Survey

* Your assessment is very important for improving the work of artificial intelligence, which forms the content of this project

Document related concepts

Theoretical and experimental justification for the Schrödinger equation wikipedia, lookup

Conservation of energy wikipedia, lookup

Woodward effect wikipedia, lookup

Lorentz force wikipedia, lookup

Speed of gravity wikipedia, lookup

Electrical resistance and conductance wikipedia, lookup

Weightlessness wikipedia, lookup

Electromagnetism wikipedia, lookup

Work (physics) wikipedia, lookup

Anti-gravity wikipedia, lookup

Faster-than-light wikipedia, lookup

Time in physics wikipedia, lookup

Classical central-force problem wikipedia, lookup

Newton's laws of motion wikipedia, lookup

Mass versus weight wikipedia, lookup

Electromagnetic mass wikipedia, lookup

History of thermodynamics wikipedia, lookup

Transcript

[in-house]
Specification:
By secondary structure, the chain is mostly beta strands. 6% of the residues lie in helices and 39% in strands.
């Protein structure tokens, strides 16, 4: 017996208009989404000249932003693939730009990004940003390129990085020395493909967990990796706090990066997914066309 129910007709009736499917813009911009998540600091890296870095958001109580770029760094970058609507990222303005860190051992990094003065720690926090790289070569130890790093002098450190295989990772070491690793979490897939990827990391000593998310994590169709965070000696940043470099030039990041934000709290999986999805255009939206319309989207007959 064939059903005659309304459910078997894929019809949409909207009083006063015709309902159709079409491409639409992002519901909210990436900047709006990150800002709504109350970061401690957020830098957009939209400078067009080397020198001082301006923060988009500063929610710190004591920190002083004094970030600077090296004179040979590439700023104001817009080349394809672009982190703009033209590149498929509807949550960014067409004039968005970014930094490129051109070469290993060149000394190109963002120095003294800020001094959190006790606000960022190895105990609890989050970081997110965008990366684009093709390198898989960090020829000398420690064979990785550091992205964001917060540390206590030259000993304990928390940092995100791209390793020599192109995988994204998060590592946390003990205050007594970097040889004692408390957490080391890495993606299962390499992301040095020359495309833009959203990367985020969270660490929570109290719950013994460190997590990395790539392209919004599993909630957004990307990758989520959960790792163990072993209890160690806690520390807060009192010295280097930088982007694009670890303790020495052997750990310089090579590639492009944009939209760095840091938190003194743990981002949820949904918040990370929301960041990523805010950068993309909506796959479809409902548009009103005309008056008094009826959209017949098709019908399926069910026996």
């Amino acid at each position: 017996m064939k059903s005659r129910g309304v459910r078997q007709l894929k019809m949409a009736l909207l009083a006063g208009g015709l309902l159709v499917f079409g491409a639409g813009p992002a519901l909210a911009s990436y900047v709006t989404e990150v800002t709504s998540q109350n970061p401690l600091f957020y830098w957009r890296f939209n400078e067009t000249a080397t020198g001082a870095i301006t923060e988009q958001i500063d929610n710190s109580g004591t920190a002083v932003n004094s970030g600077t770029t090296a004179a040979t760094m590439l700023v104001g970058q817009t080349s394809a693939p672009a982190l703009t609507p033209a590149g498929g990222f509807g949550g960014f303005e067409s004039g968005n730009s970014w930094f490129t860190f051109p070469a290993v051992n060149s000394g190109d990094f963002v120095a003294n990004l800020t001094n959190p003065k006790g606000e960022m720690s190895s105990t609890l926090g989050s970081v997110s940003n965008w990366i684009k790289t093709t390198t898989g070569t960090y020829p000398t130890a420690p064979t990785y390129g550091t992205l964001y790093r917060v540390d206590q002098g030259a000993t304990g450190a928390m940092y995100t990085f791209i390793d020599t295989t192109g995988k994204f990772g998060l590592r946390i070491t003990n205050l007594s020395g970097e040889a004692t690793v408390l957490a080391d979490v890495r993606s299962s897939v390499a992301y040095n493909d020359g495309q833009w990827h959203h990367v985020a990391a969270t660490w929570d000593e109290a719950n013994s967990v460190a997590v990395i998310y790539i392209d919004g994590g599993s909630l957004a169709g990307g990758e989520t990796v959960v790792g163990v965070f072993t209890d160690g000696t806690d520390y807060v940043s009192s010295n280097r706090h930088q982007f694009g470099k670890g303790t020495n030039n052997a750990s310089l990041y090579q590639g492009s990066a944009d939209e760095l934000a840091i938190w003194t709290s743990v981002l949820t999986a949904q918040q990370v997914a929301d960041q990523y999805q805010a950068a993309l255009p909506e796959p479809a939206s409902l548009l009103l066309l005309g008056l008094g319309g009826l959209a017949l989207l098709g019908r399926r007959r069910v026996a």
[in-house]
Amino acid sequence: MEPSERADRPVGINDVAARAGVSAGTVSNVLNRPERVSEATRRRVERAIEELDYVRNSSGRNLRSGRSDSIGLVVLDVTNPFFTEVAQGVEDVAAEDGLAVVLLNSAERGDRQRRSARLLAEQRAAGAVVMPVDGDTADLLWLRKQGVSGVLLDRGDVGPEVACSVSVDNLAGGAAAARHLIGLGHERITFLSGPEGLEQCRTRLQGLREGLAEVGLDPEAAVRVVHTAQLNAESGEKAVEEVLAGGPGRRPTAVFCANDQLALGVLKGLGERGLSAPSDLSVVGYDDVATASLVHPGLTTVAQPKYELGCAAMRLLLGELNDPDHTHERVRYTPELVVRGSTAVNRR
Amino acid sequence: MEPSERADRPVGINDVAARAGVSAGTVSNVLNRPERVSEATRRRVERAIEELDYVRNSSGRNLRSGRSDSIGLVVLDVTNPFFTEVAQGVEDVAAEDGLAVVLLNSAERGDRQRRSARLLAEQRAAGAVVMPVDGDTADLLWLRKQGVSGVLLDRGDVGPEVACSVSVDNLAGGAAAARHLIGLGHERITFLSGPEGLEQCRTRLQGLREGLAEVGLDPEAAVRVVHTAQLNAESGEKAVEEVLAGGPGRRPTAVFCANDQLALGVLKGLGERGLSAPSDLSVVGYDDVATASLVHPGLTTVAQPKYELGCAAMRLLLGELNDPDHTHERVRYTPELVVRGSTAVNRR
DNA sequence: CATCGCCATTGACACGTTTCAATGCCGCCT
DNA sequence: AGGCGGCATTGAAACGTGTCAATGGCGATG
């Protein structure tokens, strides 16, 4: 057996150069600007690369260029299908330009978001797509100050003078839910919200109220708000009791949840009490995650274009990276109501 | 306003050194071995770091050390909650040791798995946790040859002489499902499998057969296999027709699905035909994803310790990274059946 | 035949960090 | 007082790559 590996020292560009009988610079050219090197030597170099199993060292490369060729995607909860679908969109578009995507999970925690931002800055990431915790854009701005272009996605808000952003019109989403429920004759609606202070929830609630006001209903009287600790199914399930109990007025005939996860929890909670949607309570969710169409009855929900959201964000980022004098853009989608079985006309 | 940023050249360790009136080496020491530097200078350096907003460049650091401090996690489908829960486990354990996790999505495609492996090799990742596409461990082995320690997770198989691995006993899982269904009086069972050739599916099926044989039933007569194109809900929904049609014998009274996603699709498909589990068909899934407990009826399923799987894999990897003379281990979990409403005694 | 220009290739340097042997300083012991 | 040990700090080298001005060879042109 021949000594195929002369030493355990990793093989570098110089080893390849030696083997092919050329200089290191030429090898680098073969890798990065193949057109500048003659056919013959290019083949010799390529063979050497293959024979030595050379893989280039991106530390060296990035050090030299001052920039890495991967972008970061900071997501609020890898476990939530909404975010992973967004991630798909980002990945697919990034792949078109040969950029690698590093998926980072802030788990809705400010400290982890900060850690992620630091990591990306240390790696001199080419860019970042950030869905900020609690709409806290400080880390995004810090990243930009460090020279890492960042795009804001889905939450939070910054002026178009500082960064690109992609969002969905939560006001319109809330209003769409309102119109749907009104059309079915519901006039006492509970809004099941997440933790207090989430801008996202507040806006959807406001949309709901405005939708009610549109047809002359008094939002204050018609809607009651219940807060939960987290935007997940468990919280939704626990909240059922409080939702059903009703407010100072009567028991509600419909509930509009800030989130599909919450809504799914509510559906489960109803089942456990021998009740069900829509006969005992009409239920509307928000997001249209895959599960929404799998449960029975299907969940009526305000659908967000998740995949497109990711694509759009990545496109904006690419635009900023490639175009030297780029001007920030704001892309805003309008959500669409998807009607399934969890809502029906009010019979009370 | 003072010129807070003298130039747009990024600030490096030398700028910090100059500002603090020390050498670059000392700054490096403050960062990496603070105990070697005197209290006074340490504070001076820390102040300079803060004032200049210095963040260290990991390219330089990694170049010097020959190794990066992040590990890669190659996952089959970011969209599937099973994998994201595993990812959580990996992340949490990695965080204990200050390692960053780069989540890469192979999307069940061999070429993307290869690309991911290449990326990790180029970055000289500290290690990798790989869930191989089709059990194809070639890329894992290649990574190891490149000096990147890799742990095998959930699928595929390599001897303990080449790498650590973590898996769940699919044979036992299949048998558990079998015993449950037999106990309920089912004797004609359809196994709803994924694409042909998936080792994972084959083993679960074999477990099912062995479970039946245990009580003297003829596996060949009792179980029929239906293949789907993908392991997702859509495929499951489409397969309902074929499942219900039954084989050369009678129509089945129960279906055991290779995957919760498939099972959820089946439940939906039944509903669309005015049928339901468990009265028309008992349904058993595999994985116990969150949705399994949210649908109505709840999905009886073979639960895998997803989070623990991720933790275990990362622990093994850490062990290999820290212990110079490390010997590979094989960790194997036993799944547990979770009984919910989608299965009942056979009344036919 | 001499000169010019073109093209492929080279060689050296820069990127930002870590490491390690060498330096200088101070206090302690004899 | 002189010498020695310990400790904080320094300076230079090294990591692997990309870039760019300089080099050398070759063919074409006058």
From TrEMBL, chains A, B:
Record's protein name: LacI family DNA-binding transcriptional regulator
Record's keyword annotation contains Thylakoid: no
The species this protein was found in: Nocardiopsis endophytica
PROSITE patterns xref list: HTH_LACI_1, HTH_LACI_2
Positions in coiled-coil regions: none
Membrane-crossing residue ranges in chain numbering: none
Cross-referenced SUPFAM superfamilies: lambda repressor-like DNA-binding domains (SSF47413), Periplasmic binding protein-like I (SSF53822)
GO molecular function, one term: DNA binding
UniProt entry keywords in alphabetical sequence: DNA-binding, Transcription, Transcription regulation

Chapter 28 | Special Relativity Chapter 28 Homework Conceptual Questions 28.1 Einsteinâs Postulates 1. Which of Einsteinâs postulates of special relativity includes a concept that does not fit with the ideas of classical physics? Explain. 2. Is Earth an inertial frame of reference? Is the Sun? Justify your response. 3. When you are flying in a commercial jet, it may appear to you that the airplane is stationary and the Earth is moving beneath you. Is this point of view valid? Discuss briefly. 28.2 Simultaneity And Time Dilation 4. Does motion affect the rate of a clock as measured by an observer moving with it? Does motion affect how an observer moving relative to a clock measures its rate? 5. To whom does the elapsed time for a process seem to be longer, an observer moving relative to the process or an observer moving with the process? Which observer measures proper time? 6. How could you travel far into the future without aging significantly? Could this method also allow you to travel into the past? 28.3 Length Contraction 7. To whom does an object seem greater in length, an observer moving with the object or an observer moving relative to the object? Which observer measures the objectâs proper length? 8. Relativistic effects such as time dilation and length contraction are present for cars and airplanes. Why do these effects seem strange to us? 9. Suppose an astronaut is moving relative to the Earth at a significant fraction of the speed of light. (a) Does he observe the rate of his clocks to have slowed? (b) What change in the rate of Earth-bound clocks does he see? (c) Does his ship seem to him to shorten? (d) What about the distance between stars that lie on lines parallel to his motion? (e) Do he and an Earth-bound observer agree on his velocity relative to the Earth? 28.4 Relativistic Addition of Velocities 10. Explain the meaning of the terms âred shiftâ and âblue shiftâ as they relate to the relativistic Doppler effect. 11. What happens to the relativistic Doppler effect when relative velocity is zero? Is this the expected result? 12. Is the relativistic Doppler effect consistent with the classical Doppler effect in the respect that Î» obs is larger for motion away? 13. All galaxies farther away than about 50Ã10 6 ly exhibit a red shift in their emitted light that is proportional to distance, with those farther and farther away having progressively greater red shifts. What does this imply, assuming that the only source of red shift is relative motion? (Hint: At these large distances, it is space itself that is expanding, but the effect on light is the same.) 28.5 Relativistic Momentum 14. How does modern relativity modify the law of conservation of momentum? 15. Is it possible for an external force to be acting on a system and relativistic momentum to be conserved? Explain. 28.6 Relativistic Energy 16. How are the classical laws of conservation of energy and conservation of mass modified by modern relativity? 17. What happens to the mass of water in a pot when it cools, assuming no molecules escape or are added? Is this observable in practice? Explain. 18. Consider a thought experiment. You place an expanded balloon of air on weighing scales outside in the early morning. The balloon stays on the scales and you are able to measure changes in its mass. Does the mass of the balloon change as the day progresses? Discuss the difficulties in carrying out this experiment. 19. The mass of the fuel in a nuclear reactor decreases by an observable amount as it puts out energy. Is the same true for the coal and oxygen combined in a conventional power plant? If so, is this observable in practice for the coal and oxygen? Explain. 20. We know that the velocity of an object with mass has an upper limit of energy? Explain. 21. Given the fact that light travels at c . Is there an upper limit on its momentum? Its c , can it have mass? Explain. 22. If you use an Earth-based telescope to project a laser beam onto the Moon, you can move the spot across the Moonâs surface at a velocity greater than the speed of light. Does this violate modern relativity? (Note that light is being sent from the Earth to the Moon, not across the surface of the Moon.) 186